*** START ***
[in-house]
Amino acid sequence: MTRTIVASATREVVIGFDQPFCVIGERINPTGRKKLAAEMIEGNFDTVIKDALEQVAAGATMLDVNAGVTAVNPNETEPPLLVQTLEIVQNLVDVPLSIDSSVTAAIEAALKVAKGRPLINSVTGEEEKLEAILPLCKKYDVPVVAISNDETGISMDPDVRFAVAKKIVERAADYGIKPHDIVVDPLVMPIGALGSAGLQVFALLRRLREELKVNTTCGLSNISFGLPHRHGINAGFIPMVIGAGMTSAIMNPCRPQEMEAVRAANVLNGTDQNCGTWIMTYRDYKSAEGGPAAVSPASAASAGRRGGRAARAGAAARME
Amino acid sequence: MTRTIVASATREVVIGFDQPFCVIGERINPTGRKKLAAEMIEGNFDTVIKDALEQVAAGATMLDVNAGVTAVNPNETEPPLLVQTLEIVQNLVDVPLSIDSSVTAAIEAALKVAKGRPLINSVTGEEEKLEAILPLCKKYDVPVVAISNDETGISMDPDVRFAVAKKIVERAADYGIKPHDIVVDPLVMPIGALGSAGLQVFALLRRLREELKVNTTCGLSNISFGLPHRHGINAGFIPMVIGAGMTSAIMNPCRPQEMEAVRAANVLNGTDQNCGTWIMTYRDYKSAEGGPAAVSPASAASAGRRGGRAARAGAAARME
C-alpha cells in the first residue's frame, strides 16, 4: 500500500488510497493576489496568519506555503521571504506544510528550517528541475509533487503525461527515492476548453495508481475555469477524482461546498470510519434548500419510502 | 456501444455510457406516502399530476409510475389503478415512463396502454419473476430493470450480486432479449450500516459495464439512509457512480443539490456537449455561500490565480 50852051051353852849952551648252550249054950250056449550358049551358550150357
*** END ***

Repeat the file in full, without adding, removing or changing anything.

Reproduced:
[in-house]
Amino acid sequence: MTRTIVASATREVVIGFDQPFCVIGERINPTGRKKLAAEMIEGNFDTVIKDALEQVAAGATMLDVNAGVTAVNPNETEPPLLVQTLEIVQNLVDVPLSIDSSVTAAIEAALKVAKGRPLINSVTGEEEKLEAILPLCKKYDVPVVAISNDETGISMDPDVRFAVAKKIVERAADYGIKPHDIVVDPLVMPIGALGSAGLQVFALLRRLREELKVNTTCGLSNISFGLPHRHGINAGFIPMVIGAGMTSAIMNPCRPQEMEAVRAANVLNGTDQNCGTWIMTYRDYKSAEGGPAAVSPASAASAGRRGGRAARAGAAARME
Amino acid sequence: MTRTIVASATREVVIGFDQPFCVIGERINPTGRKKLAAEMIEGNFDTVIKDALEQVAAGATMLDVNAGVTAVNPNETEPPLLVQTLEIVQNLVDVPLSIDSSVTAAIEAALKVAKGRPLINSVTGEEEKLEAILPLCKKYDVPVVAISNDETGISMDPDVRFAVAKKIVERAADYGIKPHDIVVDPLVMPIGALGSAGLQVFALLRRLREELKVNTTCGLSNISFGLPHRHGINAGFIPMVIGAGMTSAIMNPCRPQEMEAVRAANVLNGTDQNCGTWIMTYRDYKSAEGGPAAVSPASAASAGRRGGRAARAGAAARME
C-alpha cells in the first residue's frame, strides 16, 4: 500500500488510497493576489496568519506555503521571504506544510528550517528541475509533487503525461527515492476548453495508481475555469477524482461546498470510519434548500419510502 | 456501444455510457406516502399530476409510475389503478415512463396502454419473476430493470450480486432479449450500516459495464439512509457512480443539490456537449455561500490565480 50852051051353852849952551648252550249054950250056449550358049551358550150357